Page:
— ASF was the topic of a panel at the Pork Management Conference in Nashville, Tennessee. The following are key comments from three of the panel participants:
Christine McCracken, Rabobank agricultural economist
- Since its discovery in August 2018, ASF has spread to every province in mainland China.
- Nearly 50% of the world’s pigs are in China, with half of these pigs in backyard operations.
- China produces 98% of its pork; imports 2%. But that 2% equals 20% of global pork trade of 8 MMT.
- ASF is affecting an estimated 150-200 million pigs with an expected 30% loss in pork production of around 16 MMT by year-end. (Note: McCracken’s presentation noted an estimated 130-150 million pigs, but in a report released by her this week, the estimate was 150-200 million pigs.)
- Herd losses (including breeding stock) are above 35%.
- Production losses in Vietnam are over 15%.
- Losses may continue to move higher.
- 2019 ASF losses are estimated at 14% of world pork supply.
- ASF losses leave China 10% short in total 2019 animal protein supply.
- Pork production losses cannot easily be replaced by other proteins (chicken, duck, seafood, beef, and sheepmeat), nor will larger imports be able to fully offset the loss.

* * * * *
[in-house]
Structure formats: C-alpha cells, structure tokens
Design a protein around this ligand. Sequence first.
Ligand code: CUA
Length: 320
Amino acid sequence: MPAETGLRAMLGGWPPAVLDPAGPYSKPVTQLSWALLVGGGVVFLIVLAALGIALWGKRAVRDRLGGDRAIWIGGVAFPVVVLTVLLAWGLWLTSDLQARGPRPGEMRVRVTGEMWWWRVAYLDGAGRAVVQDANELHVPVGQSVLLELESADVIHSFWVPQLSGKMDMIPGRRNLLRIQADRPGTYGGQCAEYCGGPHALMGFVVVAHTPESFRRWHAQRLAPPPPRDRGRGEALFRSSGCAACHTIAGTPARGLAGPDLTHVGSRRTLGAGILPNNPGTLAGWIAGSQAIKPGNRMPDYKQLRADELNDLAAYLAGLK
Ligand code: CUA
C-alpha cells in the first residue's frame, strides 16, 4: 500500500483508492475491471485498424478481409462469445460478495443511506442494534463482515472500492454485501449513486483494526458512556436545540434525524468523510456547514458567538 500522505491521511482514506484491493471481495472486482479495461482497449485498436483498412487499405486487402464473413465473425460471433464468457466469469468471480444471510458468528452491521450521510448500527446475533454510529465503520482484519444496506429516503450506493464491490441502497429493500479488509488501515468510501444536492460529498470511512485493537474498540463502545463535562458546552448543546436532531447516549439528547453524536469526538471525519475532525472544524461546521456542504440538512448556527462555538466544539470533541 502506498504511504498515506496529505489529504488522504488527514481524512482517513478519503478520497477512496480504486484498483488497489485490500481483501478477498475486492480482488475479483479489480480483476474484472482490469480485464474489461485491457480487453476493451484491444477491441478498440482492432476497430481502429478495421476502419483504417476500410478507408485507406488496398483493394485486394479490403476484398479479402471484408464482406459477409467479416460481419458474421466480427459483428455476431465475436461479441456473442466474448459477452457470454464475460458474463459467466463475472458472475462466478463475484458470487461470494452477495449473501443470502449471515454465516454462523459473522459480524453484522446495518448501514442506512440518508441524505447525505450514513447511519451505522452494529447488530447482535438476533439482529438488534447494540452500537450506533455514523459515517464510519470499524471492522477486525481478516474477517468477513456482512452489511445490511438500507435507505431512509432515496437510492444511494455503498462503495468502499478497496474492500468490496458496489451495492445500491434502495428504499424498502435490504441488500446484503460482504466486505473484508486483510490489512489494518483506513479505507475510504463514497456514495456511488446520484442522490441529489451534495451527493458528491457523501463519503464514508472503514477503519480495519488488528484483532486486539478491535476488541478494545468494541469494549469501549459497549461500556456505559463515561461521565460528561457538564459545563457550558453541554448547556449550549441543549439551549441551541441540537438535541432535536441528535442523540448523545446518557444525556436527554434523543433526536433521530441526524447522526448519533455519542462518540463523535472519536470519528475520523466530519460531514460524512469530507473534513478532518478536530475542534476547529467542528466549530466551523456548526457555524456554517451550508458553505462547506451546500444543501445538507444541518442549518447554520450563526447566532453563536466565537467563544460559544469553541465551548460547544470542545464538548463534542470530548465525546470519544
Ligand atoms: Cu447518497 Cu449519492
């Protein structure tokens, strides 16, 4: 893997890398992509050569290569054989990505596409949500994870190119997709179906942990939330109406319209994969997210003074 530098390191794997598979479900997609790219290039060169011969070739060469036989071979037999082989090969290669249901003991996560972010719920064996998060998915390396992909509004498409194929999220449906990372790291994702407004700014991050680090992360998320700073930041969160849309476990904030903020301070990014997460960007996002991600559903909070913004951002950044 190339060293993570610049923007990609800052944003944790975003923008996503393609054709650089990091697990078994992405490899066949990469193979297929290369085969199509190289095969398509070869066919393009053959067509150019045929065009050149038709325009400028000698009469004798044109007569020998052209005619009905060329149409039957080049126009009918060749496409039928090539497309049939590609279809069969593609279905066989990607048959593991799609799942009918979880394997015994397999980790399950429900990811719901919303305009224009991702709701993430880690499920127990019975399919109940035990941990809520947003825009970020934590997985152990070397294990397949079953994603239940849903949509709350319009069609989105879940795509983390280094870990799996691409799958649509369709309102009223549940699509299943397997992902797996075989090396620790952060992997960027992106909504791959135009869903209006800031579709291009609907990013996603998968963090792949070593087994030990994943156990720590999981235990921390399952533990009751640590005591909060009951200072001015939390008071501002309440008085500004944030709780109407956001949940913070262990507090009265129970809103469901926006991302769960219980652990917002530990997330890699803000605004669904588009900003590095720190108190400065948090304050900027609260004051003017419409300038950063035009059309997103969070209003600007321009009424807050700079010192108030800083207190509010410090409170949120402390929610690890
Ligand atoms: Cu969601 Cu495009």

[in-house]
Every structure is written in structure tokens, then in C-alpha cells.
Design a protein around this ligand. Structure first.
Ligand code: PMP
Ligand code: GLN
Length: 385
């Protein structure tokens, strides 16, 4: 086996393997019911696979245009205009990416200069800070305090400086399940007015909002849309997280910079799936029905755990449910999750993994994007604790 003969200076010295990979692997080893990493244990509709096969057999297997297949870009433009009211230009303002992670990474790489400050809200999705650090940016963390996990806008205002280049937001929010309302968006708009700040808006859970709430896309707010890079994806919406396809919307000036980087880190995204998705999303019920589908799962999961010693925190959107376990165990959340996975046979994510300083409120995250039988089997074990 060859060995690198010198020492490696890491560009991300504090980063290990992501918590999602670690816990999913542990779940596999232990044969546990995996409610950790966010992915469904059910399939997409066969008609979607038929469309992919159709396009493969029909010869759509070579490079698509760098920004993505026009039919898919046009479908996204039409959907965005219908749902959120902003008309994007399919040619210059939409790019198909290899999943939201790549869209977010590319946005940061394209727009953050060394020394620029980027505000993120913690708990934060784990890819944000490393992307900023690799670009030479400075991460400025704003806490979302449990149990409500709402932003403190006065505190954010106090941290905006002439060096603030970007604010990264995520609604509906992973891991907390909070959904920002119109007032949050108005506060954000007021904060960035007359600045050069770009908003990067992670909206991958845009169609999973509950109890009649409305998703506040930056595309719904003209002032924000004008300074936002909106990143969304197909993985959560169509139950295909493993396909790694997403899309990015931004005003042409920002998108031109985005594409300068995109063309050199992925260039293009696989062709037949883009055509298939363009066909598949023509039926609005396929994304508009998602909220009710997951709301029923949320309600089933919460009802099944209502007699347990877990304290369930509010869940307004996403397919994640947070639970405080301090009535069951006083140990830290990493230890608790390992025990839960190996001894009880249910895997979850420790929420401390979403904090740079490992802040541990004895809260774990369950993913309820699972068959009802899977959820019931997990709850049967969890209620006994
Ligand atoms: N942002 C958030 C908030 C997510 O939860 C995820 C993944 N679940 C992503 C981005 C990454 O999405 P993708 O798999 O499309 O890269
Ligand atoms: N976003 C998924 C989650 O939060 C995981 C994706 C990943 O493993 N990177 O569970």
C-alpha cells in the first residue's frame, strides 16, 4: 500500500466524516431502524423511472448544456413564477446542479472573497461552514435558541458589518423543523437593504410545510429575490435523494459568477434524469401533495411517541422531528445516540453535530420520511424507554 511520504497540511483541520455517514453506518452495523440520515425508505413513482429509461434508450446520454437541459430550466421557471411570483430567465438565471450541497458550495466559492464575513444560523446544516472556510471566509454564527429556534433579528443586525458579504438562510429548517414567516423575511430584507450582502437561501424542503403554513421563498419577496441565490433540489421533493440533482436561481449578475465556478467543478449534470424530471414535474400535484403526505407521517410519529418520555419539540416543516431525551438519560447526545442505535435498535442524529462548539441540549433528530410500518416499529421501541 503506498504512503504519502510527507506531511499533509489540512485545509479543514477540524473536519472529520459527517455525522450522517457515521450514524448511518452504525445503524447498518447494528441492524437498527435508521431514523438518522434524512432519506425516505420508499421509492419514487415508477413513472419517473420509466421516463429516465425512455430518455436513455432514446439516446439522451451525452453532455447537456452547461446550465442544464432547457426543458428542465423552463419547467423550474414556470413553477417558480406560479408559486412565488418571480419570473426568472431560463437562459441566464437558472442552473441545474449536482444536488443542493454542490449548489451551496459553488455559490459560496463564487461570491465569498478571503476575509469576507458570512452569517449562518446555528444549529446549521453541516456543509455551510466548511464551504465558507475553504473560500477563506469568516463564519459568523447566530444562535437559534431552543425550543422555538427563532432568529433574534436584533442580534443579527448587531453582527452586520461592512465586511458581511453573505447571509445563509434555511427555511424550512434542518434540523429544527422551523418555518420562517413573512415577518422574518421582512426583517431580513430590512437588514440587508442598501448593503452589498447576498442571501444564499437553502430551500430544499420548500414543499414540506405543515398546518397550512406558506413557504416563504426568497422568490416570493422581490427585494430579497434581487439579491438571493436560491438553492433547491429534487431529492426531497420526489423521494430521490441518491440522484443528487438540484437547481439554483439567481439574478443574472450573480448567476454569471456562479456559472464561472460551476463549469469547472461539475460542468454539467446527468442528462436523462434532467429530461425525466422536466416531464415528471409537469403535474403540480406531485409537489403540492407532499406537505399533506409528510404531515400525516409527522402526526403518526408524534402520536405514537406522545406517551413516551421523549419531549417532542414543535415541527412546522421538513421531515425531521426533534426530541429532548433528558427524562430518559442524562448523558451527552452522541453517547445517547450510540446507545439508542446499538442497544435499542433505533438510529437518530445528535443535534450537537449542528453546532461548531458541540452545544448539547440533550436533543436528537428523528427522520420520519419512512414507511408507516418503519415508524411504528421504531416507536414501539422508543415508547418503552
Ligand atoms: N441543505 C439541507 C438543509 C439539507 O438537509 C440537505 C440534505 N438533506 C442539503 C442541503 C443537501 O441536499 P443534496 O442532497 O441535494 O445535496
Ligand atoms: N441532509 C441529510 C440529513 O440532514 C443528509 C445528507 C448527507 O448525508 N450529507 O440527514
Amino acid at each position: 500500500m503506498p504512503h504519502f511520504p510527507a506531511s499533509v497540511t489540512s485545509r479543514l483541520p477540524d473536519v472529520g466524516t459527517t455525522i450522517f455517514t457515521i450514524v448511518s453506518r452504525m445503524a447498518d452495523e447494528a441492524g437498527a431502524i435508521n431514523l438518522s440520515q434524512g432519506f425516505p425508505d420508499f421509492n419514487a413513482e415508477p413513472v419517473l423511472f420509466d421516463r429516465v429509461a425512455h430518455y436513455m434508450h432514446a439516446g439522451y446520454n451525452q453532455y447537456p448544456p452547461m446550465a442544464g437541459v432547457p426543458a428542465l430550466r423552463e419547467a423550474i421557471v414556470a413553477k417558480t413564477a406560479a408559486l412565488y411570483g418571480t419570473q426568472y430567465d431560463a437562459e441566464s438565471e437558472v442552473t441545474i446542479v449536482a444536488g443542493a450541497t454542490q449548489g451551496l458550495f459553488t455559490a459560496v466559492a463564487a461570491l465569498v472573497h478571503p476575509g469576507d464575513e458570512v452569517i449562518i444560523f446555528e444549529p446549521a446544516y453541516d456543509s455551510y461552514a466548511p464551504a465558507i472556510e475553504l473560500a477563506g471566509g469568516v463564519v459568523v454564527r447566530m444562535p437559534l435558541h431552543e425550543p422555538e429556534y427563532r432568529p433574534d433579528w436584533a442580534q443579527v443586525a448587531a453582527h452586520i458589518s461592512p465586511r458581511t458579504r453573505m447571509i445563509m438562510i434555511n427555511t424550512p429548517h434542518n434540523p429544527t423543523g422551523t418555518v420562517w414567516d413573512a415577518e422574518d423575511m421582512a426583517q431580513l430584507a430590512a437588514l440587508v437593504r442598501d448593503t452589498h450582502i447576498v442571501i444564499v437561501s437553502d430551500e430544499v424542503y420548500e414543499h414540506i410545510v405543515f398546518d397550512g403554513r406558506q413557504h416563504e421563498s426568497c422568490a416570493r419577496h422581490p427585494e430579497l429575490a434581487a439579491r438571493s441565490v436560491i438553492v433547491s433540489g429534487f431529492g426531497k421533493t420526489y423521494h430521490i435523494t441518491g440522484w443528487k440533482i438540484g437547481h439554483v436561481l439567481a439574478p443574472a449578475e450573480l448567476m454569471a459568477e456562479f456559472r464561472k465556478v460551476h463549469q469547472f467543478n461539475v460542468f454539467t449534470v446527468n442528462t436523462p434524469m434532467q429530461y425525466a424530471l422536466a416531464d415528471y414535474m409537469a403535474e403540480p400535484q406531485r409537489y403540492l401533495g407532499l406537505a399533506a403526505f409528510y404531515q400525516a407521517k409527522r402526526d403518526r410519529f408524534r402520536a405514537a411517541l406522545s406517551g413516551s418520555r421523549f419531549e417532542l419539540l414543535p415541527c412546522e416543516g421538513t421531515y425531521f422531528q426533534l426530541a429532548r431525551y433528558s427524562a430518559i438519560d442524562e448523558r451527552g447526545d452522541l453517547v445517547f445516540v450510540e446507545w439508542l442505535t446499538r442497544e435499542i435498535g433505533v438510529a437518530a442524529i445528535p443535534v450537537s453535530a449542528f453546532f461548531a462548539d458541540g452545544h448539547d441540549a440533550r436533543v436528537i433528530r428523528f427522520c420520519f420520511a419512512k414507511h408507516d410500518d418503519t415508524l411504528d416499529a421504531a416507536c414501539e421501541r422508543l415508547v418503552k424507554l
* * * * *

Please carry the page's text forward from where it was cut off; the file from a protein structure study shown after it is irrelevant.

- How some of the gap, but not all of it, can be narrowed: More domestic production of alternative proteins, imports and demand destruction (less pork consumption).
- China’s domestic protein industry can add 4 MMT.
- Other protein imports by China could add 1.4 MMT — Poultry, Beef, Lamb, Seafood.
- Additional pork imports by China could add 3% or 1.5 MMT.
- The EU, U.S. and Brazil appear best positioned to respond to increased import demand for pork and other animal proteins into China and Southeast Asia.
- While the U.S. is a major poultry producer and exporter, it cannot export to China due to a ban associated with avian influenza imposed in 2015. This is one of the topics in ongoing U.S./China trade talks.
- Challenges to expanding pork exports: Structural limitations (infrastructure will not support a dramatic increase in pork imports); ractopamine ban (around 40% of U.S. pork supply is sufficient to meet needs; current indications suggest China will not lift the racto-ban); trade dispute with China (the 62% Chinese tariffs are not currently a limitation as pork imports are going into strategic reserves which do not face tariffs).
- If the EU increases pork exports to China, which EU market will not get product? This suggests EU traditional customers likely will be protected.
- Potential for outbreaks to restrict exports from significant pork-producing countries, such as Germany, cannot be ruled out. Such restrictions would complicate the trade response to ASF in China and Southeast Asia.
- U.S. exporters may give up low-margin business, but where?
- Bottom line: The world is unable to fill China’s protein supply gap.